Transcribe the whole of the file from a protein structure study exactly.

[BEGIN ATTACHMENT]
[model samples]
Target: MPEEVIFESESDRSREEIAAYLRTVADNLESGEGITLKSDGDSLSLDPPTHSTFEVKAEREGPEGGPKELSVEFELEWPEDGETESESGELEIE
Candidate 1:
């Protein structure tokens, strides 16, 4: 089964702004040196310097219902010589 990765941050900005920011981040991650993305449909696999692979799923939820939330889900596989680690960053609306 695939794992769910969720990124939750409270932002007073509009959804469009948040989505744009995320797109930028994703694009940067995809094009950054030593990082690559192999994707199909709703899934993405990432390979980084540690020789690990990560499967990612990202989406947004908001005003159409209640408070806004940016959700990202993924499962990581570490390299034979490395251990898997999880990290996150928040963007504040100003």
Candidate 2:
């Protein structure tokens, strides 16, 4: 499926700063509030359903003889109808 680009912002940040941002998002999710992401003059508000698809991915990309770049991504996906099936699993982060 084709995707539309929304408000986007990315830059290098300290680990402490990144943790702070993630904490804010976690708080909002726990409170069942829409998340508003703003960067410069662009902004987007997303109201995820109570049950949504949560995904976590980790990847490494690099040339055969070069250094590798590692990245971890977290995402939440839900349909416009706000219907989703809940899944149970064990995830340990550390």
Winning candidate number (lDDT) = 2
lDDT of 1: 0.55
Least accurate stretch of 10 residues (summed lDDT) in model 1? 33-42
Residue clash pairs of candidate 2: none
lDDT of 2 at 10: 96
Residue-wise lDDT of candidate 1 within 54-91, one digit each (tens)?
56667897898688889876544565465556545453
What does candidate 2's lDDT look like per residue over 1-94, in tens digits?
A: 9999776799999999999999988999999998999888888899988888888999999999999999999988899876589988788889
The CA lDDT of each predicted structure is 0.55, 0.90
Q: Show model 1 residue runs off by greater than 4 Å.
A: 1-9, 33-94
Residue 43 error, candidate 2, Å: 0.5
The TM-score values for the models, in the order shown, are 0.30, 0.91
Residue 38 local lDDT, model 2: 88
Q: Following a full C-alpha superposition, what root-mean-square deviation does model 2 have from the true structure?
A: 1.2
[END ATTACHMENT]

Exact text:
[model samples]
Target: MPEEVIFESESDRSREEIAAYLRTVADNLESGEGITLKSDGDSLSLDPPTHSTFEVKAEREGPEGGPKELSVEFELEWPEDGETESESGELEIE
Candidate 1:
């Protein structure tokens, strides 16, 4: 089964702004040196310097219902010589 990765941050900005920011981040991650993305449909696999692979799923939820939330889900596989680690960053609306 695939794992769910969720990124939750409270932002007073509009959804469009948040989505744009995320797109930028994703694009940067995809094009950054030593990082690559192999994707199909709703899934993405990432390979980084540690020789690990990560499967990612990202989406947004908001005003159409209640408070806004940016959700990202993924499962990581570490390299034979490395251990898997999880990290996150928040963007504040100003």
Candidate 2:
């Protein structure tokens, strides 16, 4: 499926700063509030359903003889109808 680009912002940040941002998002999710992401003059508000698809991915990309770049991504996906099936699993982060 084709995707539309929304408000986007990315830059290098300290680990402490990144943790702070993630904490804010976690708080909002726990409170069942829409998340508003703003960067410069662009902004987007997303109201995820109570049950949504949560995904976590980790990847490494690099040339055969070069250094590798590692990245971890977290995402939440839900349909416009706000219907989703809940899944149970064990995830340990550390």
Winning candidate number (lDDT) = 2
lDDT of 1: 0.55
Least accurate stretch of 10 residues (summed lDDT) in model 1? 33-42
Residue clash pairs of candidate 2: none
lDDT of 2 at 10: 96
Residue-wise lDDT of candidate 1 within 54-91, one digit each (tens)?
56667897898688889876544565465556545453
What does candidate 2's lDDT look like per residue over 1-94, in tens digits?
A: 9999776799999999999999988999999998999888888899988888888999999999999999999988899876589988788889
The CA lDDT of each predicted structure is 0.55, 0.90
Q: Show model 1 residue runs off by greater than 4 Å.
A: 1-9, 33-94
Residue 43 error, candidate 2, Å: 0.5
The TM-score values for the models, in the order shown, are 0.30, 0.91
Residue 38 local lDDT, model 2: 88
Q: Following a full C-alpha superposition, what root-mean-square deviation does model 2 have from the true structure?
A: 1.2